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ParEcon, Anarchy and Politics


One of the most common questions posed by anarchists looking at the parecon model concerns the existence, or nonexistence, of a state in a society with a functioning participatory economy. What is the role, if any, of government in the maintenance of a parecon system? Further, what role, if any, might a state take in the establishment of a participatory economy? These are very important questions, if only because as activists working for radical change not only in the economic, but also the political sphere, we are concerned with issues of strategy and consistency with our ideals.

 

The short answer is simple: No, there is nothing in the abstract theory, in the existing literature on parecon, which necessarily calls for state intervention in or control of economic activity.

 

Of course, there is always a “but…” Satisfactory answers are rarely that simple, and neither staunch anti-authoritarians nor those more willing to accept various forms of government in a revolutionary society, are likely to settle for such a basic explanation. In addressing anarchists on the question of parecon and the state, it’s important to note that advocates of parecon are not necessarily in total agreement on these questions. We do agree, though, that the state has no role to play in an economy to the extent that economy has rendered political intervention unnecessary. However obvious, that’s the key point. If you understand the basic concepts of participatory economics, it shouldn’t be hard to see why a parecon could function – though perhaps not optimally – in the absence of tinkering from the political institutions. (These issues are handled briefly in John Krumm’s ParEcon FAQ.)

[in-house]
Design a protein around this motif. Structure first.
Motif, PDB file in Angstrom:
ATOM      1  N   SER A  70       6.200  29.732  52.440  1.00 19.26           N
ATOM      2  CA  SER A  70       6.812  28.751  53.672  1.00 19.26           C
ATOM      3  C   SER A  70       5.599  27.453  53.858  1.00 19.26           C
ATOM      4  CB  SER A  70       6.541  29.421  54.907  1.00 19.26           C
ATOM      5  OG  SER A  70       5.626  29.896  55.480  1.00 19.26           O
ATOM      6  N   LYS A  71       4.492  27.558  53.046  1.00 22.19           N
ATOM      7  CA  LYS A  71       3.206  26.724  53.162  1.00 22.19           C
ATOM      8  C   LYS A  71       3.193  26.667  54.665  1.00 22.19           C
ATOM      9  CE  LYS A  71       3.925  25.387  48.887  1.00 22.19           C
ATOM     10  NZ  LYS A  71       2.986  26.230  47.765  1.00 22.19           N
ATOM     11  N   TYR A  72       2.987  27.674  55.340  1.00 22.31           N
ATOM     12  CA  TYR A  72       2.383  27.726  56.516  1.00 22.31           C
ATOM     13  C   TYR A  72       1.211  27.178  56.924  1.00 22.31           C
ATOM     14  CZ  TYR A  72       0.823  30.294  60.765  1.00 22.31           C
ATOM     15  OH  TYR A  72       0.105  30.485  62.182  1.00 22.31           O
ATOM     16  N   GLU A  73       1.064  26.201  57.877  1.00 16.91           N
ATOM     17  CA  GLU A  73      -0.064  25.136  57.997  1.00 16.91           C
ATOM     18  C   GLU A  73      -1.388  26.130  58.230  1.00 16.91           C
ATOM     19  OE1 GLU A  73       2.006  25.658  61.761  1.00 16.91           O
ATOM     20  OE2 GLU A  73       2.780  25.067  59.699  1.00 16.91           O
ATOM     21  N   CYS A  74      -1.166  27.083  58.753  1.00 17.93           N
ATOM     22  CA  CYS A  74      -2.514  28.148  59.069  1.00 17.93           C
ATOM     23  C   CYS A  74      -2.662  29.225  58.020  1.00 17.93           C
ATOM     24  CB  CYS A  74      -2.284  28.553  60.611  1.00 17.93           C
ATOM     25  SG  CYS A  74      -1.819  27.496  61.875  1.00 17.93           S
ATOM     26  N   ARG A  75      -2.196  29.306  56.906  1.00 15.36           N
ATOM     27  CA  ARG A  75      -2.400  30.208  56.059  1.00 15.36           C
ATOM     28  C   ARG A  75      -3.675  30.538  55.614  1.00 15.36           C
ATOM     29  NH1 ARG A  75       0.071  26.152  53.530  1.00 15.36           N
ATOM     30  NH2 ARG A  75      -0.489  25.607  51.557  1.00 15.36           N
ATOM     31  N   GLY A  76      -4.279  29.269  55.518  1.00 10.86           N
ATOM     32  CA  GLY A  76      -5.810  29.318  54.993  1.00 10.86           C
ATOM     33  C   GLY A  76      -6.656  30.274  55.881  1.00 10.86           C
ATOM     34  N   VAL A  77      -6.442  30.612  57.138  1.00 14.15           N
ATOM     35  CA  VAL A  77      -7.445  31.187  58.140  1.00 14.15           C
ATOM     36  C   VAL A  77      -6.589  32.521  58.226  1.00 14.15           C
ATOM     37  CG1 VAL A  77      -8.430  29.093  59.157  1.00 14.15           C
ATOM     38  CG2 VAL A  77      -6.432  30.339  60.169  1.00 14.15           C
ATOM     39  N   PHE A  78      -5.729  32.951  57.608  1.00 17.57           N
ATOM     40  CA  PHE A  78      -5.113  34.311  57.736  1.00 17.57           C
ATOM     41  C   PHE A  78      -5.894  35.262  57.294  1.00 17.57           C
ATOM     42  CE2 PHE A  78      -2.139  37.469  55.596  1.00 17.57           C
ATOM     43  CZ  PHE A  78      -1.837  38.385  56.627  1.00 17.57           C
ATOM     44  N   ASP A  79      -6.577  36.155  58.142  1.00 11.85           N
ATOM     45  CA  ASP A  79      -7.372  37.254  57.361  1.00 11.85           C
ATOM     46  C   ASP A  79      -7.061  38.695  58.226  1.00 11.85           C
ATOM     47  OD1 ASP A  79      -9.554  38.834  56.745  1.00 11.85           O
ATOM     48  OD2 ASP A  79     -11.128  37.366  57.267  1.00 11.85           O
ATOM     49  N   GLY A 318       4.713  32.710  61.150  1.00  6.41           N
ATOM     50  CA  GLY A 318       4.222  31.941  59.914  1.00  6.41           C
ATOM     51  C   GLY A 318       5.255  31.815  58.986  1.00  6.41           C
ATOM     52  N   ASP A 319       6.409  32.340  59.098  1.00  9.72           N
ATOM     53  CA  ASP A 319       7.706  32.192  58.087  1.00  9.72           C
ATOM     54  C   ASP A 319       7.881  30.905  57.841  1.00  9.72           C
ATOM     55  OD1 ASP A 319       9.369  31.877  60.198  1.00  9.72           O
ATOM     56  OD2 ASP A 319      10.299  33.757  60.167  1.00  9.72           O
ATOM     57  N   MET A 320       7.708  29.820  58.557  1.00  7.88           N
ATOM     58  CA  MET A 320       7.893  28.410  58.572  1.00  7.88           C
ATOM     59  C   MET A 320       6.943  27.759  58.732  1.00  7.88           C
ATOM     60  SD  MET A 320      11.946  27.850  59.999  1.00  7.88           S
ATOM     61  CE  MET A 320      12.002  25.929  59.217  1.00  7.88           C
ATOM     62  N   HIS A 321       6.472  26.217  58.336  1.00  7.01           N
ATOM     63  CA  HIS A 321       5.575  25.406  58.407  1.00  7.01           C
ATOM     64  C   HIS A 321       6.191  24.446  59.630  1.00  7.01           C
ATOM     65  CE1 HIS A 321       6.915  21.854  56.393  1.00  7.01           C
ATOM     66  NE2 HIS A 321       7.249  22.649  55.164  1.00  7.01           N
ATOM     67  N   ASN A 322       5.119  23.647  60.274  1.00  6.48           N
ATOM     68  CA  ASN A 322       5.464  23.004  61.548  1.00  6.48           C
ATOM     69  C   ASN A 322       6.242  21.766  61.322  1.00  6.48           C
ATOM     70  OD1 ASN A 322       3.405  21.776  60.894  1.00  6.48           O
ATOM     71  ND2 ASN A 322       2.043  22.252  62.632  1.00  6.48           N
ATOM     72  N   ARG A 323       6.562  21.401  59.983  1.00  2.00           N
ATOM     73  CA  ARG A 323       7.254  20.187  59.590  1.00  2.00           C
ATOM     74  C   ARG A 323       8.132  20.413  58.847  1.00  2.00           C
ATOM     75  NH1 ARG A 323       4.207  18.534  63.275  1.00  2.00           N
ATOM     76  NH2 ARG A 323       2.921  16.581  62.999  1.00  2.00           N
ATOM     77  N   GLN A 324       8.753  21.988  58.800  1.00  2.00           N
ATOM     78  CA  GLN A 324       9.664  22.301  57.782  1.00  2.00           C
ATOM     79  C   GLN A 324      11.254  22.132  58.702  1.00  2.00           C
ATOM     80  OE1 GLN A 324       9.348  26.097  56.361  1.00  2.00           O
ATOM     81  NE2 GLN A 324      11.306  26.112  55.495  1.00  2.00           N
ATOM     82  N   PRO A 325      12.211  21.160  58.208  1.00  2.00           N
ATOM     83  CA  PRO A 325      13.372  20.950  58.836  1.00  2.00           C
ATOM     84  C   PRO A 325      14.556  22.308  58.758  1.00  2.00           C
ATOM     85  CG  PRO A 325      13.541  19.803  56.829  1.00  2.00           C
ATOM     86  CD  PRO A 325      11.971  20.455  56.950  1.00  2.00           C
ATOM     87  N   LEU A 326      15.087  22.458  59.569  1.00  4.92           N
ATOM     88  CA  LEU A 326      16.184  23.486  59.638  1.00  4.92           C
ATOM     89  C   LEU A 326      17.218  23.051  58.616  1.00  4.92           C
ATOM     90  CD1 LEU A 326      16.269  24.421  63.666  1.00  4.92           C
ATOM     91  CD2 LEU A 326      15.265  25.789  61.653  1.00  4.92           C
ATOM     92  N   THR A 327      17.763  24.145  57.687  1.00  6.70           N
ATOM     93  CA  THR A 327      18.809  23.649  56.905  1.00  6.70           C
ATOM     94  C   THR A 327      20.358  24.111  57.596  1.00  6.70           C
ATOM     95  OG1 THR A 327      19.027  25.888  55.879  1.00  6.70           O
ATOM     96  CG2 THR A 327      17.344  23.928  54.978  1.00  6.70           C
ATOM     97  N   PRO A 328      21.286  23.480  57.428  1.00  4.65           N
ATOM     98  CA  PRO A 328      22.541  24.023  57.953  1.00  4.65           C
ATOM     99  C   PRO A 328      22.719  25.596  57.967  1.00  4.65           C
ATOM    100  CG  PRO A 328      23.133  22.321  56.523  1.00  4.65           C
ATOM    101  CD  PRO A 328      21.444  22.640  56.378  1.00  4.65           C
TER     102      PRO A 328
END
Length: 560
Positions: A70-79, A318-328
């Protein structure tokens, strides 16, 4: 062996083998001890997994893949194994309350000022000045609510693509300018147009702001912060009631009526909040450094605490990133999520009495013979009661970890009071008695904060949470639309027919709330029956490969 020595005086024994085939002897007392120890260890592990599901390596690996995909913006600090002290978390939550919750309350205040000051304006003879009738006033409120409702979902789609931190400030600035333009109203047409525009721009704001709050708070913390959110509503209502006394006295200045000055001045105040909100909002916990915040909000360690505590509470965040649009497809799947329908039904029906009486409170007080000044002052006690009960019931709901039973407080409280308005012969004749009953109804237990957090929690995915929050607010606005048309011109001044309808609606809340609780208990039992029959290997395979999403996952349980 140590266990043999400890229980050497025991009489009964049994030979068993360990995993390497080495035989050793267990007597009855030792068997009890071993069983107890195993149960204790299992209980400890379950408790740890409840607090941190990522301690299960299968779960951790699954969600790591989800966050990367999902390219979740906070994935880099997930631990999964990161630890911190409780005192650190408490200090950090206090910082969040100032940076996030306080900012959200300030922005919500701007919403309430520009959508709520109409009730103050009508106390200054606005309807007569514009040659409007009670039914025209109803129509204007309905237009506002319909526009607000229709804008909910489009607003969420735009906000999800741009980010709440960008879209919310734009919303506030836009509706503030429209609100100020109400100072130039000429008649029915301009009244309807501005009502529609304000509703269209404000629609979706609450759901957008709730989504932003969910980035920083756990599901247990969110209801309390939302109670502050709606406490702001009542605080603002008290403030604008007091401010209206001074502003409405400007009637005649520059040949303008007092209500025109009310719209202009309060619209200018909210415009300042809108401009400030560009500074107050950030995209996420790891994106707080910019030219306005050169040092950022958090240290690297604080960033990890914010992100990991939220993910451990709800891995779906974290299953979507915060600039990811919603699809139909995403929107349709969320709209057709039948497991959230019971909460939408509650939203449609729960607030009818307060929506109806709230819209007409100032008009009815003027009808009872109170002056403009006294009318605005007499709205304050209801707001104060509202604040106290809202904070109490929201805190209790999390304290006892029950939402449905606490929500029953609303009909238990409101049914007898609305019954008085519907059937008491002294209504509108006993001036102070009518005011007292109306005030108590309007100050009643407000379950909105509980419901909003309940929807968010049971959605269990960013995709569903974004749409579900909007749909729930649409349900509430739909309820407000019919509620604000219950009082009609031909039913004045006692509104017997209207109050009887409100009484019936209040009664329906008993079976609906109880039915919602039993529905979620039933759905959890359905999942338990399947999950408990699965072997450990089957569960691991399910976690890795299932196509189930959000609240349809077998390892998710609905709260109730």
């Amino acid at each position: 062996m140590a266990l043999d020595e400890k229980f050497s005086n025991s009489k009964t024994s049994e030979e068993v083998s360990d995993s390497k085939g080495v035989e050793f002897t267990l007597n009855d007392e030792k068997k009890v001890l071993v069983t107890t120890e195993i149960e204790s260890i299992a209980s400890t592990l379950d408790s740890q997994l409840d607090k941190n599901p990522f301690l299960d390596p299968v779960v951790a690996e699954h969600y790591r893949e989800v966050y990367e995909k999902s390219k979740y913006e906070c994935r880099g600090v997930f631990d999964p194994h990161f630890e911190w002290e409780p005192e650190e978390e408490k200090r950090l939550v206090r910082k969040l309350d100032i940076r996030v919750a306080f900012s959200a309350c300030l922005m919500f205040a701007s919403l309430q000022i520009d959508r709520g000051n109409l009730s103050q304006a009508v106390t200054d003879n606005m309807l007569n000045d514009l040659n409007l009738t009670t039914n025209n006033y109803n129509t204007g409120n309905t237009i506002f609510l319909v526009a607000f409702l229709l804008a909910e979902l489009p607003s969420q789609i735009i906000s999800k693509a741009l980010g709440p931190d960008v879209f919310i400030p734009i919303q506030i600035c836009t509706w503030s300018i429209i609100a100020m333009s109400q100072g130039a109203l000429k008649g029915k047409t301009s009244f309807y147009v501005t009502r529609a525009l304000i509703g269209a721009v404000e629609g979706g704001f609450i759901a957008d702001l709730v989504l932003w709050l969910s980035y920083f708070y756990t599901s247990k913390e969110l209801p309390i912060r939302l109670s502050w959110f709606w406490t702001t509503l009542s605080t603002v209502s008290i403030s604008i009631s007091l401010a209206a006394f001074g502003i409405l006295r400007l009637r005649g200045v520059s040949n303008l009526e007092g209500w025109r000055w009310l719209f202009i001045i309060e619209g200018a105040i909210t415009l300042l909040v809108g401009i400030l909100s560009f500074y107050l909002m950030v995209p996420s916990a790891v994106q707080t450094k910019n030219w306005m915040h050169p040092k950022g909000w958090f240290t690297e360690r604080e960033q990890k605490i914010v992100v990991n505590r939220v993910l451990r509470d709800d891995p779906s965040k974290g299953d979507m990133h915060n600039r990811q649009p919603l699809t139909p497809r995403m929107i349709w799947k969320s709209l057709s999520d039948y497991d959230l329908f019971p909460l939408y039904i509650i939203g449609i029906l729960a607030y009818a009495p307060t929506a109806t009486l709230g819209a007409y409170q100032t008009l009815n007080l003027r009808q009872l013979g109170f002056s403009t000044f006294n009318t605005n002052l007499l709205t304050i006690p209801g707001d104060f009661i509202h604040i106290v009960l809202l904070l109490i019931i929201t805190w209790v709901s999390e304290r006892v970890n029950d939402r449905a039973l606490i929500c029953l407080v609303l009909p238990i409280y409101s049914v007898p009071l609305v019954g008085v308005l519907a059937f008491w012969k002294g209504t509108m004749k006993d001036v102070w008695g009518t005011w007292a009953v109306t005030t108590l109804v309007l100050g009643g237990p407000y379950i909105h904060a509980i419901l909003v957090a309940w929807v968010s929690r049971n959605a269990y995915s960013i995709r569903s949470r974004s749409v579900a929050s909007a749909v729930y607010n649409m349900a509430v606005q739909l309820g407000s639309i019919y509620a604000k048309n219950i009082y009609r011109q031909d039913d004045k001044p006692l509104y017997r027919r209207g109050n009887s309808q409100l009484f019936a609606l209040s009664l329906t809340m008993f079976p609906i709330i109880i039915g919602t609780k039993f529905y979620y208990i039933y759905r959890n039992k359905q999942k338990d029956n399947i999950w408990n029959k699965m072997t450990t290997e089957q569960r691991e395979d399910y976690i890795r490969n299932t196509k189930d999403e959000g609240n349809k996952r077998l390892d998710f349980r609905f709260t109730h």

The Government and Economic Functioning

 

One mainstay of parecon is the relative separation of the political and economic spheres. It’s assumed that certain affairs will be handled by political institutions, others by economic institutions. The latter are tasked, in any society, with the maintenance of material relations: the production, allocation and consumption of goods and services. Meanwhile, the polity, whatever form it takes, handles the organization of a society’s moral function. Be it a strictly hierarchical and undemocratic state, or a loose array of institutions intended to coordinate such activities as dispute mediation (as in “the anarchist ideal”), or something in between, the polity serves a function which can theoretically be almost wholly removed from the economy.

 

Most of what present day governments handle in so-called “mixed economies” is the consumption, production and allocation of public goods and services. But since these activities are central concerns of the parecon model, as described in detail by Albert and Hahnel, the need for a polity to take on such tasks becomes superfluous, assuming proper development and functioning of the participatory economy. It is decidedly difficult for people living in our present society, where capitalism cooperates and clashes with the state in so many ways, to imagine a society where the economy is organized (a) along principles of direct democracy, with controls to ensure the participation and fulfillment of all economic actors on an equitable basis, while remaining (b) outside the control of political institutions.